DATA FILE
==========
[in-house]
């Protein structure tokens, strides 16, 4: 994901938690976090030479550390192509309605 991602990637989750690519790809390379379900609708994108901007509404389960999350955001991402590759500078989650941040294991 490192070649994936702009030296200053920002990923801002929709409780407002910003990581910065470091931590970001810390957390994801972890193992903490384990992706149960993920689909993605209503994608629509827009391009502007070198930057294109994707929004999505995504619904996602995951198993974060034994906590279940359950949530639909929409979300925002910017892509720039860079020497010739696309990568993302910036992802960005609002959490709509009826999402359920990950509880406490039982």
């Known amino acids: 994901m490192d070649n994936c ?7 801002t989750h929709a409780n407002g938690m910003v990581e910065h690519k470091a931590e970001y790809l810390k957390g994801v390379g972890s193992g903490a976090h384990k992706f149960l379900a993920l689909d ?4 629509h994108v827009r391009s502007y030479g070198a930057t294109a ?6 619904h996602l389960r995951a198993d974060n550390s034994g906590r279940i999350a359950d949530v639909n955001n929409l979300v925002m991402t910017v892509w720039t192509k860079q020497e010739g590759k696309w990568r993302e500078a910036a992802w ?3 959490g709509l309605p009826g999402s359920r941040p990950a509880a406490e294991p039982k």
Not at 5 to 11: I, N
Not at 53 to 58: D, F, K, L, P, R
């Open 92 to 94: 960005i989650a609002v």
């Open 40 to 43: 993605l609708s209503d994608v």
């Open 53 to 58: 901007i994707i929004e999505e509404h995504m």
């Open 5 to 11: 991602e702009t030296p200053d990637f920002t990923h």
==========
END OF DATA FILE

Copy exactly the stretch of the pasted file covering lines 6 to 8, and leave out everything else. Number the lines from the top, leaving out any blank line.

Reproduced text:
């Open 92 to 94: 960005i989650a609002v």
């Open 40 to 43: 993605l609708s209503d994608v």
């Open 53 to 58: 901007i994707i929004e999505e509404h995504m």